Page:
Competition in the international heat not burn market is heating up for Philip Morris International and other manufacturers. heat not burn has been a growing category within the tobacco industry and while it hasn’t caught on yet in the U.S., it has found success in international markets like Japan. Philip Morris International (PMI) has notably made headlines with its iQOS heat not burn device that heats the tobacco enough to where it vapes but does not actually burn. This is seen as a breakthrough for adult consumers who are looking to enjoy cigarettes without the harmful toxic chemicals associated with traditional smoking.
PMI’s iQOS was first introduced in Japan back in 2014, giving the company the advantage of being an early adopter and the ability to capture more of the marketplace due to a lack of similar products–until recently, that is. A recent earnings report showed signs of slowdown for PMI’s iQOS in Japan with shares down as much as 30 percent in the past year. The cause? Increased competition.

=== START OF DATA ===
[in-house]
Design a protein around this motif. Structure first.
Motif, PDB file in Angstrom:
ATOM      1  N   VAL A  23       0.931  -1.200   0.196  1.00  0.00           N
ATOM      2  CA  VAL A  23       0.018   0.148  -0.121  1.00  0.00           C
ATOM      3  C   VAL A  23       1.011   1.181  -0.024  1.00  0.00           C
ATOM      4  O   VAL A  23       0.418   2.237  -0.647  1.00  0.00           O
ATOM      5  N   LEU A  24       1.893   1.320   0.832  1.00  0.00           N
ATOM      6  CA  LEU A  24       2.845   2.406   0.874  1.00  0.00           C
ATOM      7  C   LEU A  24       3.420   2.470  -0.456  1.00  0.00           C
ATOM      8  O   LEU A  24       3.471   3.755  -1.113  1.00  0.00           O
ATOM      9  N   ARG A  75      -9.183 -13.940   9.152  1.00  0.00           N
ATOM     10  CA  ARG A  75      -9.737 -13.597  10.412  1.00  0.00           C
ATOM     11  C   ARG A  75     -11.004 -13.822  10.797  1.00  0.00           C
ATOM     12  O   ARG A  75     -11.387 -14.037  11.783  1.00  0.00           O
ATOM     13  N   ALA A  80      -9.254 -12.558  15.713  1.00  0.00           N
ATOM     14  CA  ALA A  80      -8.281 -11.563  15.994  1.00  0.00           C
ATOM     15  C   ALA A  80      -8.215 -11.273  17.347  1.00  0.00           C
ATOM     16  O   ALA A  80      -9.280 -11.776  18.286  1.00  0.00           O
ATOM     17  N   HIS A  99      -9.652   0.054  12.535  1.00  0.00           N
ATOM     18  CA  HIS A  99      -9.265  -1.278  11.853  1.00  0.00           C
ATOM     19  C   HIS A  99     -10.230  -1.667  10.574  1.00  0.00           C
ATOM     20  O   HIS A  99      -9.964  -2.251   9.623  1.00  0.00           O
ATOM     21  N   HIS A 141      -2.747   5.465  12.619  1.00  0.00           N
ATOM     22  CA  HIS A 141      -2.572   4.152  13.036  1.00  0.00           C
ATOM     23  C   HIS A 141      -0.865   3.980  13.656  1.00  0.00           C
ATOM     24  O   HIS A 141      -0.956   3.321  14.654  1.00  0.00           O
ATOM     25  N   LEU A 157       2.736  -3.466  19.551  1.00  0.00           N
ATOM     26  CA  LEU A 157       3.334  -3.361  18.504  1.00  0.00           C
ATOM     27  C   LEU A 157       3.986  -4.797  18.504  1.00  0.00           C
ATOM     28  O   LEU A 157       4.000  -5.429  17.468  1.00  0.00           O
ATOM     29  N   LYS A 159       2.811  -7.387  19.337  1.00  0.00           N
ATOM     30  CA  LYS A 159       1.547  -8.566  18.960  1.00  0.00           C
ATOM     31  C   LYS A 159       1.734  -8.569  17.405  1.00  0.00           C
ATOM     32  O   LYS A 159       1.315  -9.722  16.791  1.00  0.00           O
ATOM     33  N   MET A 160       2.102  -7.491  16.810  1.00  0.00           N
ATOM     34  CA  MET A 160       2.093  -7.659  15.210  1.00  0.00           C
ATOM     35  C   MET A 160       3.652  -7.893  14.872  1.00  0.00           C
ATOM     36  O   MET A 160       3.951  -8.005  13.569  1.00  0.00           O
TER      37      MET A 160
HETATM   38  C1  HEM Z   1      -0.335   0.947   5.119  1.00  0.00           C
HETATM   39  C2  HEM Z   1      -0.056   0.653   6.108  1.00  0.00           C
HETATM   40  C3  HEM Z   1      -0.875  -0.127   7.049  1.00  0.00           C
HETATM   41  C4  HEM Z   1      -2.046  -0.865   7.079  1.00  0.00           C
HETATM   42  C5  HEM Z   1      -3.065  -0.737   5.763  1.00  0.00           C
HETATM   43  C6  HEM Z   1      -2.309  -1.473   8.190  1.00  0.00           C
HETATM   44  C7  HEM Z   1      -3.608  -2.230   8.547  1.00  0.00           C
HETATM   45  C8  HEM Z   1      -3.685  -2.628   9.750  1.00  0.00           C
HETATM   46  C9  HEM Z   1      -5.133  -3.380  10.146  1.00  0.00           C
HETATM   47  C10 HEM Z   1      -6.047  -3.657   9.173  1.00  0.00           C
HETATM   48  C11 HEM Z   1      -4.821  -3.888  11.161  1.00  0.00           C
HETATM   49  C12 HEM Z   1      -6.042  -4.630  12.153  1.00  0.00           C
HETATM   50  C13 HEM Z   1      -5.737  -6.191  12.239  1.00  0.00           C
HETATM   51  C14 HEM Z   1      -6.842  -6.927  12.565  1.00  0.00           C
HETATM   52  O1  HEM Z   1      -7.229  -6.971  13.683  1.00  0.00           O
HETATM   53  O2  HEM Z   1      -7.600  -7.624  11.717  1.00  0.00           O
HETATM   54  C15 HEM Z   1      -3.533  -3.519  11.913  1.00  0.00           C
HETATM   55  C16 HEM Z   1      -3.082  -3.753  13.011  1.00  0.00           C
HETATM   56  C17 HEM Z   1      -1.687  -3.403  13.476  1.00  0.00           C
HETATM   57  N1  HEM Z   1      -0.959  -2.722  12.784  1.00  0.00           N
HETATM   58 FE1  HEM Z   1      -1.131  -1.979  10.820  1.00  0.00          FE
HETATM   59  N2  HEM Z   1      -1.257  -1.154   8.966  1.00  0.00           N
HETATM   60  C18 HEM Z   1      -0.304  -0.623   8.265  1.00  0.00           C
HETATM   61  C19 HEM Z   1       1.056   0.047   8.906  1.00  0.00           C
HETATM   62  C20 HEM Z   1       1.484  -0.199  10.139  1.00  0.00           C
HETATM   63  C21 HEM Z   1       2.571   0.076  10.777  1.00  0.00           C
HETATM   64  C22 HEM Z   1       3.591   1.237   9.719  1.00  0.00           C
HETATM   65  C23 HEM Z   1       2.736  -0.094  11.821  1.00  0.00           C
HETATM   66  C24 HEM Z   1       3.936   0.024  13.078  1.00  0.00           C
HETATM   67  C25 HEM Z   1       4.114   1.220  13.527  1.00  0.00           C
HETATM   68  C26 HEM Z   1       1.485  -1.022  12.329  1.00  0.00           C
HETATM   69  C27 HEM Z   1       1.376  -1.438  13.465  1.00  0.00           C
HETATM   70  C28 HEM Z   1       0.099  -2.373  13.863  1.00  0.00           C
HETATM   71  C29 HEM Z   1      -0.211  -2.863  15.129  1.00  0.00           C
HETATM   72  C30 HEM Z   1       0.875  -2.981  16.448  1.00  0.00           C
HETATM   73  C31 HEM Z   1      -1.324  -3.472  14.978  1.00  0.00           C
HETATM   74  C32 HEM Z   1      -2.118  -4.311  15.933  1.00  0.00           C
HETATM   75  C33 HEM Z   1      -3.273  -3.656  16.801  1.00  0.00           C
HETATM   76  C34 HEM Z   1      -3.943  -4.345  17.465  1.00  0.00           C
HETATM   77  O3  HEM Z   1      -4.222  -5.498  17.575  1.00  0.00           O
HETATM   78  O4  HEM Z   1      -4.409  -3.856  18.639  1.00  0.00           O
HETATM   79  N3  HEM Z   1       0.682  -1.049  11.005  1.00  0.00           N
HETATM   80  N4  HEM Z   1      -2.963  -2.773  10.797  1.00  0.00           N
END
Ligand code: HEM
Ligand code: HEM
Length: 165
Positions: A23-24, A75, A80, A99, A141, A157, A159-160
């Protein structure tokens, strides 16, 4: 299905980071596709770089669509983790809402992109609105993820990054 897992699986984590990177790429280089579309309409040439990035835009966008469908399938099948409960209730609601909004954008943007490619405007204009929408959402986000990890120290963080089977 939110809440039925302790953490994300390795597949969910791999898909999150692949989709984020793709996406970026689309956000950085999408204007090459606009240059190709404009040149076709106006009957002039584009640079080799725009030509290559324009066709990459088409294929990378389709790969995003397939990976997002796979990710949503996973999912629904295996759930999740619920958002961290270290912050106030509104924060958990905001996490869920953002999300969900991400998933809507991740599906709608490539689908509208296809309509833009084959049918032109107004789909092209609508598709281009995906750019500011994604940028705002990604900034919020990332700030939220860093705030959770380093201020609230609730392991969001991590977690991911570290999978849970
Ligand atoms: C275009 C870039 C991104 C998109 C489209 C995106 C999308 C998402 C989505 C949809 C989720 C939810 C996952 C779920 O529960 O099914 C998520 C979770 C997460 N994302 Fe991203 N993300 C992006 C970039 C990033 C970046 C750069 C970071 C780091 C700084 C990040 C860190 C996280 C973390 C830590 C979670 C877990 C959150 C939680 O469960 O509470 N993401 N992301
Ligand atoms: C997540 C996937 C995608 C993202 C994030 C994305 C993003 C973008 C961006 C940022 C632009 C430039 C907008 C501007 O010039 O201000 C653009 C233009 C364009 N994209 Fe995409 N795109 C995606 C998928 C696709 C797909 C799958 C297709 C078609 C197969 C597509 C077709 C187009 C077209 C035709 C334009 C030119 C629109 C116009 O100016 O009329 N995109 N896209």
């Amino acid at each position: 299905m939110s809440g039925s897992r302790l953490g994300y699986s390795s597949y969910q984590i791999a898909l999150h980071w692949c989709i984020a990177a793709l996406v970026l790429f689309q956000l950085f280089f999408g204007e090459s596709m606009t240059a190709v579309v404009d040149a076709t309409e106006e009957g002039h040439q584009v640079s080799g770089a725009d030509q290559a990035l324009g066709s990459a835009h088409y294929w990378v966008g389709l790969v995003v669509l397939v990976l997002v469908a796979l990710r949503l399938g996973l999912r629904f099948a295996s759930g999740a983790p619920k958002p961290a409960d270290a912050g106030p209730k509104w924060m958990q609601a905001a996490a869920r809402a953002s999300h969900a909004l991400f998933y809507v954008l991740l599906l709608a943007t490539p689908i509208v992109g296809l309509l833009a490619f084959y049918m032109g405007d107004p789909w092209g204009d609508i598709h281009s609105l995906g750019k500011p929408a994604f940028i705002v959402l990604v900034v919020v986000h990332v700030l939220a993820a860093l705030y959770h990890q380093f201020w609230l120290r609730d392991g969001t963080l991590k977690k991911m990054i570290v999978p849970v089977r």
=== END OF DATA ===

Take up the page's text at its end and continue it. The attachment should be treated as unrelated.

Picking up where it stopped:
These big tobacco companies are now competing for users, from the early adopters who first flocked to to iQOS to older consumers who have yet to switch to heat not burns or these heat not burn devices. The increased competition is good for consumers in that they now have choices. For the manufacturers, however, increased competition is driving down prices and changing the profit margins.
While heat not burn and cigarettes are continuing to see success abroad, the U.S. is proving to be a harder marketplace to get into. PMI is still waiting for iQOS to get approval from the FDA to sell and market its device in the U.S. [read more here]. The U.S. Food and Drug Administration (FDA) has been going after heat not burn manufacturers for questionable marketing practices [read more here]. Still, with many U.S. adult consumers having turned to vaping and heat not burns as a way of ditching traditional combustible cigarettes, the U.S. remains a focus and desired market for heat not burn and non-traditional tobacco devices.